Homeland Security Section
Nuclear and radiological weapons may be used in terrorist attacks on the United States or other countries. The responsibility of the Homeland Security Section is to provide assistance to professionals and to protect the public against a terrorist attack by weapons of mass destruction (WMDs) containing radiological and/or nuclear material.
The work of the HPS Homeland Security Section involves the following areas of activity. These are organized as work groups:
The section also provides assistance to members and local chapters of the Society who wish to assist in the homeland security effort. For example:
- Preparing and updating training information and guidance documents for use by Society members and chapters to assist government programs and to train emergency responders.
- Implementing Society and chapter programs to provide trainers or speakers requested by homeland security agencies or teams.
- Preparing, with reference to previous publications of agencies or experts, appropriate information that can be recommended to members of the public for simple actions that may minimize exposure to harm and prevent panic in the event of an attack with WMDs.
- Providing guidance and assistance to chapters for organizing, developing, and implementing local or regional homeland security programs in cooperation with their state and local governments and agencies.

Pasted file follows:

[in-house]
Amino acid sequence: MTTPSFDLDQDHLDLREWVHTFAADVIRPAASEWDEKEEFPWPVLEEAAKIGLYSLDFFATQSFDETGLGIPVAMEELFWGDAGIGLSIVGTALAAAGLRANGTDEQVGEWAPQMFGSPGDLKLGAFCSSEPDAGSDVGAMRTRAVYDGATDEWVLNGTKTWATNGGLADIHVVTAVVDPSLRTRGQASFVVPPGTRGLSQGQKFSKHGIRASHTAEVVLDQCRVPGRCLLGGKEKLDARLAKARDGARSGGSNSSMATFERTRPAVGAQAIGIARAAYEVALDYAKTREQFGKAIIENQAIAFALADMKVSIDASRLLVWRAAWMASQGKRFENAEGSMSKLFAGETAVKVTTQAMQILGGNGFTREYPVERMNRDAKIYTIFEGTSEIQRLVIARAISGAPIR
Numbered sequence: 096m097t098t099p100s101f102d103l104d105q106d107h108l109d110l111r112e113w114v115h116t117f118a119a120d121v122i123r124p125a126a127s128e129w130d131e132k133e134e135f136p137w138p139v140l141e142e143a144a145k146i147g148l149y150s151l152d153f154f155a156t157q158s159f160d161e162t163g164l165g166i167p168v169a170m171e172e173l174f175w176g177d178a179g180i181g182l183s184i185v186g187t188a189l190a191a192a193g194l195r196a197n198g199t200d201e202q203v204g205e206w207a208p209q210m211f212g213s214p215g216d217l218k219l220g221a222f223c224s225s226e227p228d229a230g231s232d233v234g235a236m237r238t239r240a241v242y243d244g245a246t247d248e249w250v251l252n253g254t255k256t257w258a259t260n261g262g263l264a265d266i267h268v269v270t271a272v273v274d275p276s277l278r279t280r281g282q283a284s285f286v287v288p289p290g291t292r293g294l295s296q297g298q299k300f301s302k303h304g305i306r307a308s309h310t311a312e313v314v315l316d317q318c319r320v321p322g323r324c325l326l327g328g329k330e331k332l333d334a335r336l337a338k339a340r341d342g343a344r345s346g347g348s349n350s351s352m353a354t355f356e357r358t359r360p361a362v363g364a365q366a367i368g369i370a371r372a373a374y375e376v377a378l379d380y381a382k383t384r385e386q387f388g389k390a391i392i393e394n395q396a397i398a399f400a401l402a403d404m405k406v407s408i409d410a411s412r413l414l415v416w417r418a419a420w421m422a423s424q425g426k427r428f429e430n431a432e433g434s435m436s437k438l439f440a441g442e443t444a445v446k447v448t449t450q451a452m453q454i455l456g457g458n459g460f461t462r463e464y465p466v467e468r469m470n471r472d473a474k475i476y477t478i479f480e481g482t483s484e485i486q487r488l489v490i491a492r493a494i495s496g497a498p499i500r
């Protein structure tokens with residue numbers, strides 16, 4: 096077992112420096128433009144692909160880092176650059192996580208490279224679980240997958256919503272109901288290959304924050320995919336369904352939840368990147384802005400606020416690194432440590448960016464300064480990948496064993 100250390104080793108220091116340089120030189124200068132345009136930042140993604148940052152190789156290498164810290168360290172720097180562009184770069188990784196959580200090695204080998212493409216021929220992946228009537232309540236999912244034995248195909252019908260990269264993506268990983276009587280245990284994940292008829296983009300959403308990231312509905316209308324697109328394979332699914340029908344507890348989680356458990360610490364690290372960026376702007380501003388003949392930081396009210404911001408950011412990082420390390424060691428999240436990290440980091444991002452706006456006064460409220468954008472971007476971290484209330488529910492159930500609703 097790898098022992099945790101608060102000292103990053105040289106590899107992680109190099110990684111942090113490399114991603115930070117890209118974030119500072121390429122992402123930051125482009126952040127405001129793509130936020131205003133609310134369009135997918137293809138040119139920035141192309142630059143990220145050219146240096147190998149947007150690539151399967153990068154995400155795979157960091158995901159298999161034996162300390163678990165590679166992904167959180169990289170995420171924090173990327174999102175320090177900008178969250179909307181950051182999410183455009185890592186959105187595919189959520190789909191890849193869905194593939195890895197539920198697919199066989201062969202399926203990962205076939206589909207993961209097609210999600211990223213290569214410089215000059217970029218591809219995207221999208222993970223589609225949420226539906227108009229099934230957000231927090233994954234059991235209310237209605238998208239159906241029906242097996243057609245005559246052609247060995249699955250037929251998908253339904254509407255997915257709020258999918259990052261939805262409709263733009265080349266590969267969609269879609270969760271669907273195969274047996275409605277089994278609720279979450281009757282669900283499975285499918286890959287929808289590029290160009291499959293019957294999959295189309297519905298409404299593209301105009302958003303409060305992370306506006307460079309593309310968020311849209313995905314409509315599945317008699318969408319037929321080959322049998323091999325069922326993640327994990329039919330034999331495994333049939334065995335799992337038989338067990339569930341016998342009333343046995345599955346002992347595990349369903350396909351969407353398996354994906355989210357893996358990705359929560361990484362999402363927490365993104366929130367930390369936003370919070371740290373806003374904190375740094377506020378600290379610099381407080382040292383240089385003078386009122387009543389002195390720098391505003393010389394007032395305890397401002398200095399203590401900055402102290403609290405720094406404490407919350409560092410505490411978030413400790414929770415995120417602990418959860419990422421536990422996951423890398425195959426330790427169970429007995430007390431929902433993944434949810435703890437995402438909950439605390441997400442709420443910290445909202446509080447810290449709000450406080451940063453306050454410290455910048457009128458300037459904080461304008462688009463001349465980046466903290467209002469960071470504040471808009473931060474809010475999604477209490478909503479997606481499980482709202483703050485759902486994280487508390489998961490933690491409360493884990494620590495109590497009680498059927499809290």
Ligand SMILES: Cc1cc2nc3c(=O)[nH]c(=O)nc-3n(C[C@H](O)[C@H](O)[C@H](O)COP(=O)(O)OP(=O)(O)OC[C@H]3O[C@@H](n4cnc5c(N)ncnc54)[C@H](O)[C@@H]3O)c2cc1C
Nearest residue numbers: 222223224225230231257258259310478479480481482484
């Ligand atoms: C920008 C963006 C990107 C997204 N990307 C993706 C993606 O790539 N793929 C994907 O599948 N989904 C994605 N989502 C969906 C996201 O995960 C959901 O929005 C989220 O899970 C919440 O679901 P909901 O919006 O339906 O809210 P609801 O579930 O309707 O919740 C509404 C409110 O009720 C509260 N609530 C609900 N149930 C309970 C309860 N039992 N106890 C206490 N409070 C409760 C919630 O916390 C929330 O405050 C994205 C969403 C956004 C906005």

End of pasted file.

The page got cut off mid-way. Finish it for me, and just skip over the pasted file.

- Assisting in the development of consensus standards and other guidance documents.
Sheltering-in-place is a vital option to save lives in the aftermath of an IND or RDD. The Preparedness 360 website describes an approach to improve the success of shelter-in-place operations. It provides the tools to acquire the necessary public input that alleviates the most common failings of the shelter-in-place experience and improves survival in homes, schools and government facilities.
This Powerpoint presentation is a draft of proposed training for volunteer radiological spokespersons. As part of HSC's support of the Medical Reserve Corps and after our members attending the wonderful risk communications training provided at the HPS mid-year Albuquerque meeting, the HSC has been putting together this training. This is meant as a self-paced educational opportunity for a radiation health professional to learn about risk communications, if they decide to be the local radiological spokesperson.
The HSC would at least envision this training to be found at our HSC website, but could be used in any appropriate venue including in-person trainings. The trainee can view all or only specific sections/modules based on prior knowledge, how much they want to learn, and how much time they have to devote to the training. The information in this training has been extracted from a variety of sources including Dr. Vincent Covello, the NRC, the EPA, the CDC, and the Florida Department of Health. Risk communicators from the Florida Department of Health, the EPA, and the CDC have reviewed these DRAFT slides. The HSC realizes that there is a lot of information here. That is why it is divided into sections and modules; to pick and choose what the potential spokesperson might need. Please direct any comments to: firstname.lastname@example.org
Unless specifically asked to do so by the Board of Directors, the Homeland Security Section does not speak or act officially for the Health Physics Society.
The Health Physics Society has a Media Center that can provide technical information.